Avoid hyperextending the neck or rotating the head, which makes the vocal cords difficult to see. 2
    Applying cricoid pressure during oral intubation is no longer a recommended practice. 7
  12. Hold the equipment so the intubator does not need to look away from anatomic landmarks to suction secretions or grasp the tube for intubation.
  13. Hand the ET tube to the intubator when requested, maintaining the sterility of the tube. Observe as the intubator places the tube into the airway and visually verifies placement.
    Intubation attempts should be limited to 30 seconds. 1,2 Stabilize the patient with bag-mask ventilation between attempts to limit complications associated with the procedure. 1
  14. After the tube is correctly placed, read the centimeter mark on the ET tube at the patient’s gums. The estimated depth of insertion is based on the gestational age or the NTL plus 1 cm.2
  15. Connect the ET tube to a disposable end-tidal carbon dioxide (ETCO2) detector, the oxygen source, a flow- or self-inflating resuscitation bag-mask device, and a T-piece resuscitator or mechanical ventilator to provide positive-pressure ventilation.
  16. Verify tube placement while a team member ventilates and oxygenates the patient.2
    1. Immediate methods of verification include:
      1. Observe the chest for symmetric movement with each breath.
        Rationale: Asymmetric movement may indicate right mainstem intubation, esophageal intubation, or a pneumothorax.
      2. Auscultate bilateral breath sounds near both axillae during positive-pressure ventilation.
    2. Confirmatory methods, which can be used after a few seconds of manual ventilation, include:
      1. Check for an increase in heart rate and SpO2 if bradycardia and hypoxia were present before the procedure.
      2. Observe the ETCO2 detector for a change in color.
        Confirming ET tube placement may require eight to 10 positive-pressure breaths. 1
        The effectiveness of the ET CO 2 detector is limited. Proper placement may not produce a color change if heart rate or cardiac output is low or the lungs are not adequately ventilated (i.e., secretions obstructing the ET tube, inadequate ventilator pressure, or large bilateral pneumothoraces). 1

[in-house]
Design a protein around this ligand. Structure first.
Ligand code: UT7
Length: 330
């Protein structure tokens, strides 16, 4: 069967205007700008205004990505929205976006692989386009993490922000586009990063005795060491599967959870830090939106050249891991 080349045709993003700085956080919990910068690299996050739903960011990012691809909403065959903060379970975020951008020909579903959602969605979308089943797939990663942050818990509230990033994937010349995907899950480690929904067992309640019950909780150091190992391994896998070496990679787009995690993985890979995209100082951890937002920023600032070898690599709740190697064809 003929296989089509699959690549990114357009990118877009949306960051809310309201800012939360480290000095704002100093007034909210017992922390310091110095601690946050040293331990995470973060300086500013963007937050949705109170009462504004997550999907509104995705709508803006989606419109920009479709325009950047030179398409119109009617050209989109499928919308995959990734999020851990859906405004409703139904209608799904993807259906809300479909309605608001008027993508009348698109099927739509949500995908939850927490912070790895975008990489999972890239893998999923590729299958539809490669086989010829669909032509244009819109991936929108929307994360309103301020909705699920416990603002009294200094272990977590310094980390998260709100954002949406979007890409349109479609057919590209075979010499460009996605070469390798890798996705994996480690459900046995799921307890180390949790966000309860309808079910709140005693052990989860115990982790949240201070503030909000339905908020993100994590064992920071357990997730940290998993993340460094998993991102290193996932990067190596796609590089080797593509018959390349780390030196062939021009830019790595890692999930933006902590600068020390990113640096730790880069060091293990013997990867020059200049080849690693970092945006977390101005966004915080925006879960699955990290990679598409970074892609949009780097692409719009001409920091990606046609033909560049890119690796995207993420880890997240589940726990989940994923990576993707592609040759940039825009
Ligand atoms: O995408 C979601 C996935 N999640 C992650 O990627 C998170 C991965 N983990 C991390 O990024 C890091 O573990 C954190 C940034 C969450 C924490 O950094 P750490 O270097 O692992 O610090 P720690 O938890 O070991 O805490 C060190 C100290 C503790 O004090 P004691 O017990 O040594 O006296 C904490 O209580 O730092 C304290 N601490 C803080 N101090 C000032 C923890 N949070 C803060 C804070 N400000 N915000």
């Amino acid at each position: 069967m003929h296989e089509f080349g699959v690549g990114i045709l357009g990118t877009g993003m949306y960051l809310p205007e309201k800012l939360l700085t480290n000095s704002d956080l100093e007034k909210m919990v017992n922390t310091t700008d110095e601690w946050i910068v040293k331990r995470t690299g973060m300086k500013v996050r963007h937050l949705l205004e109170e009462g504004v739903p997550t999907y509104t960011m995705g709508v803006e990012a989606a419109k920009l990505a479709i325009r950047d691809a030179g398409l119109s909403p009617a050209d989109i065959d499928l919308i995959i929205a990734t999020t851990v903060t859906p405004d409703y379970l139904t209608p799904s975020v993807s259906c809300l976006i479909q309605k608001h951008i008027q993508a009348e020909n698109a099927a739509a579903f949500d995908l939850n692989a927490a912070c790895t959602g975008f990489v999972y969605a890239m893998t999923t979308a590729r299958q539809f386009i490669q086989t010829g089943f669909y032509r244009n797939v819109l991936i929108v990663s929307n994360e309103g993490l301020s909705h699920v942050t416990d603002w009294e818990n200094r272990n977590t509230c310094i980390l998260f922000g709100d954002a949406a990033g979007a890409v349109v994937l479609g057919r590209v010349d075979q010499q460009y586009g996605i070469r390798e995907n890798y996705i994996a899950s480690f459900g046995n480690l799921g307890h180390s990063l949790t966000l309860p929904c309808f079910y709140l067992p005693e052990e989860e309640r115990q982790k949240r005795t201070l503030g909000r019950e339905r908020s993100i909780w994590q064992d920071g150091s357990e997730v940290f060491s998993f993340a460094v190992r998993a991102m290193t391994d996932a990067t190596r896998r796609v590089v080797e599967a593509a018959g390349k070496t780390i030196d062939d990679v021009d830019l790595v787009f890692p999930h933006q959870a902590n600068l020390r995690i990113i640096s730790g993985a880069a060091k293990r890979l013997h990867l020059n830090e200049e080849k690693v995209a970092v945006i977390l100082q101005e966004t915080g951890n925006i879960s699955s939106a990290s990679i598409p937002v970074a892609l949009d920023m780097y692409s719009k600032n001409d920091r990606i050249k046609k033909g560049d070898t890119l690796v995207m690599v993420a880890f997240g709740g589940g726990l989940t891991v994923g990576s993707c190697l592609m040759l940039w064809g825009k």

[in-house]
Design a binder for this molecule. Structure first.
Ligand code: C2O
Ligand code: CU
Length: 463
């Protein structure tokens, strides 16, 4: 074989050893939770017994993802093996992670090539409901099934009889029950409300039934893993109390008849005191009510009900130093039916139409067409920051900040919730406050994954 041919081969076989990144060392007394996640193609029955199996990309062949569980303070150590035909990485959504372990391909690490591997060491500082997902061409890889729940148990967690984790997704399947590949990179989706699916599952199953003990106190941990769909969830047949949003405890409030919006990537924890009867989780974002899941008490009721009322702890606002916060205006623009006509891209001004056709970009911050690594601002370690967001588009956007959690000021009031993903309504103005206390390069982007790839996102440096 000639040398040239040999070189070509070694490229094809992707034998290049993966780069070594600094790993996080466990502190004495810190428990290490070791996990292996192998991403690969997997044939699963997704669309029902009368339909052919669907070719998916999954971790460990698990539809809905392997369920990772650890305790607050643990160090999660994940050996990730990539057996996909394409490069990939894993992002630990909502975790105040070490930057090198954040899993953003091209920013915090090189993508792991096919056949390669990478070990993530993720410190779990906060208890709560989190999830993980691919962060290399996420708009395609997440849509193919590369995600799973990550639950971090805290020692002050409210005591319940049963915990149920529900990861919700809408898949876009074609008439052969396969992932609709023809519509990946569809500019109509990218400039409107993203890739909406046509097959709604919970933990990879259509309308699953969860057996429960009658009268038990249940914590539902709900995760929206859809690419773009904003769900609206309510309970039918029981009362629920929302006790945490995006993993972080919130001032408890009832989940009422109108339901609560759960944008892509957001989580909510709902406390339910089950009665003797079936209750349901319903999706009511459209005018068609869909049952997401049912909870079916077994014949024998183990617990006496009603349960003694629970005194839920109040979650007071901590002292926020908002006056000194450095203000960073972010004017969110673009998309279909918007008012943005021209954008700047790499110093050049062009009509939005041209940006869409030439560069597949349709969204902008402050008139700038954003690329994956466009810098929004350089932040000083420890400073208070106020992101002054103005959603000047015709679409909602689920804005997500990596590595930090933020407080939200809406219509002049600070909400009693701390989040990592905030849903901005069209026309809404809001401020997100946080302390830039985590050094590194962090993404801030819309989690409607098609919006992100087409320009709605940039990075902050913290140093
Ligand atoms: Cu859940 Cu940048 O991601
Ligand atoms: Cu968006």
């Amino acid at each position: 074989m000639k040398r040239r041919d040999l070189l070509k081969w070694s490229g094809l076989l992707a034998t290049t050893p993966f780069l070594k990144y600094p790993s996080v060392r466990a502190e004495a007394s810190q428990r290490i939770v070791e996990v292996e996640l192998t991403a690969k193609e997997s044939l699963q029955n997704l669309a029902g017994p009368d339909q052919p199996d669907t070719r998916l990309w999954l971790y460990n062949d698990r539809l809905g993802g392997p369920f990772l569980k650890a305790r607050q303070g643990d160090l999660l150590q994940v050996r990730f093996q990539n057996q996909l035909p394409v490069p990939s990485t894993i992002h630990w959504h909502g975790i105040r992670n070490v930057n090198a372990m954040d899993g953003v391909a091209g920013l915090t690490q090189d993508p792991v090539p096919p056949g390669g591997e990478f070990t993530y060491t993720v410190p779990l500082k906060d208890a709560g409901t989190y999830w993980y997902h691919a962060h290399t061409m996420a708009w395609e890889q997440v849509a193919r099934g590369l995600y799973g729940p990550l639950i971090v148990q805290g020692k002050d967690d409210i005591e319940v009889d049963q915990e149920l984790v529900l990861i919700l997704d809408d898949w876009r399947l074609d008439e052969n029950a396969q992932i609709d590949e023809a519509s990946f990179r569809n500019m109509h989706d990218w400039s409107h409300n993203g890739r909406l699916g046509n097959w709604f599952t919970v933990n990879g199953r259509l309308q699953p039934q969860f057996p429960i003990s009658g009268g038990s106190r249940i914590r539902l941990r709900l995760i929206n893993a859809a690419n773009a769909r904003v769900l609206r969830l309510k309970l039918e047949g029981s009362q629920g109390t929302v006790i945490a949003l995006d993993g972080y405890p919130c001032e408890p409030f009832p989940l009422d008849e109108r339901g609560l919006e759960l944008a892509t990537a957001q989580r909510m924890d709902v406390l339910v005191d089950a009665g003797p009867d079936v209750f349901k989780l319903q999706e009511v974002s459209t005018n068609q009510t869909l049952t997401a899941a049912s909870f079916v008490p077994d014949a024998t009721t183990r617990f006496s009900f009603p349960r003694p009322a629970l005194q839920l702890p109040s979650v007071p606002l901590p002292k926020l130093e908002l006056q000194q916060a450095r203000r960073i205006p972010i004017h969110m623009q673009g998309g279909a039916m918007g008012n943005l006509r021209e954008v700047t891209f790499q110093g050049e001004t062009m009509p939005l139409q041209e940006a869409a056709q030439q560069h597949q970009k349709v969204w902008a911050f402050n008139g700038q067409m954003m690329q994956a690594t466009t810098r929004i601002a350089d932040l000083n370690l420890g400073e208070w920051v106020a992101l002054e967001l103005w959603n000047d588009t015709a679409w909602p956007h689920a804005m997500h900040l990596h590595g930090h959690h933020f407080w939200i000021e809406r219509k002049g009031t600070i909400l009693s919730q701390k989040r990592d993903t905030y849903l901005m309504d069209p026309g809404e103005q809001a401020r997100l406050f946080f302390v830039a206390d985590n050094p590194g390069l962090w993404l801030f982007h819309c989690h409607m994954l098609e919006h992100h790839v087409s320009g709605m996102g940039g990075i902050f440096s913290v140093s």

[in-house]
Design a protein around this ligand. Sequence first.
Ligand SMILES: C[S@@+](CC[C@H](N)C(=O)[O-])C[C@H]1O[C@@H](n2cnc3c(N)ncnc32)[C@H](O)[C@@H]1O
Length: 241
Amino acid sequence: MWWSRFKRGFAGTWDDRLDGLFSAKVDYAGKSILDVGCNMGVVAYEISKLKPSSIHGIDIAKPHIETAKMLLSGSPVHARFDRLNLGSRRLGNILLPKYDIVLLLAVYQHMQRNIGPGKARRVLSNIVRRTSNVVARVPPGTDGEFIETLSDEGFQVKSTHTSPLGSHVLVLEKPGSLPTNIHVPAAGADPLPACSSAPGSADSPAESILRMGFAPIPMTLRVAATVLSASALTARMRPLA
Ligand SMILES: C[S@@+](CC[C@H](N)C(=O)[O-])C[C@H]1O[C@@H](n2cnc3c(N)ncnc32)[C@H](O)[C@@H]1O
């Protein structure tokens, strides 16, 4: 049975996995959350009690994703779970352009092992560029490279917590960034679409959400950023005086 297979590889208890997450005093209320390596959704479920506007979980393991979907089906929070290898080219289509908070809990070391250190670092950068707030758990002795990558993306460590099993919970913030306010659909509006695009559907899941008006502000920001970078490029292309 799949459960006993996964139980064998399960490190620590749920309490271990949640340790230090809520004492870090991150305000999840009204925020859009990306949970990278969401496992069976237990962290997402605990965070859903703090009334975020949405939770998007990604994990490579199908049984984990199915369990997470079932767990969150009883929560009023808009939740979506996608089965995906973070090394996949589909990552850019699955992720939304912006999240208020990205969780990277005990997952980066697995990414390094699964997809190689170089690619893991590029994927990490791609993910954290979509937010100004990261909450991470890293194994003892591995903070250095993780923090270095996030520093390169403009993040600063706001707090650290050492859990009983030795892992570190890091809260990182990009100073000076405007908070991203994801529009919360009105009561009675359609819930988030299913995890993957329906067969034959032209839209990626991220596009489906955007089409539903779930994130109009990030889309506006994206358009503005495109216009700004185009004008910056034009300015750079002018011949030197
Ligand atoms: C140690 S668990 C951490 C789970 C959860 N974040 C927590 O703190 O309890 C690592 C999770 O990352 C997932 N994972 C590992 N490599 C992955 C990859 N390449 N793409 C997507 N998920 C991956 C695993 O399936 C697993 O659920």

17. If auscultation reveals unilateral or unequal breath sounds, notify the intubator and observe as he or she withdraws the tube slowly until equal bilateral breath sounds are auscultated.1
  18. If auscultation detects no breath sounds or detects air entering the stomach and no color change is seen on the ETCO2 detector, notify the intubator and observe as he or she removes the ET tube, discards it, and repeats the procedure after stabilizing the patient with bag-mask ventilation, if necessary.
  19. After immediate and subsequent confirmation of ET tube position, document the centimeter mark at the gums and secure the tube per the organization’s practice. Place a skin barrier, such as a hydrocolloid dressing, between the adhesive tape and the skin.
    Rationale: The lips may swell, leading to variation in the ET tube measurement. The gums are a more reliable landmark.
    Maintain the tube in the correct position throughout the procedure.
  20. Obtain an anteroposterior view chest radiograph with the patient’s head at the midline for definitive confirmation of the ET tube placement. Ensure that the tip of the ET tube is approximately 0.5 to 1 cm above the carina.2
  21. Cut off any length of tube that extends more than 4 cm beyond the patient’s lip.1,2
    Rationale: ET tube length of more than 4 cm beyond the lip increases dead space and may lead to tube kinking. 1
  22. Insert an 8-Fr orogastric tube to remove air and stomach contents if gastric distention is present.6
  23. Discard supplies, remove PPE, and perform hand hygiene.
  24. Document the procedure in the patient’s record.

Nasal Intubation

Nasal intubation is performed for elective procedures, in patients with copious secretions, or when the patient has defects of the oral anatomy.

  1. Perform hand hygiene and don gloves and appropriate PPE based on the patient’s signs and symptoms and indications for isolation precautions. Don gown, mask, and eye protection or face shield if the risk of splashing exists.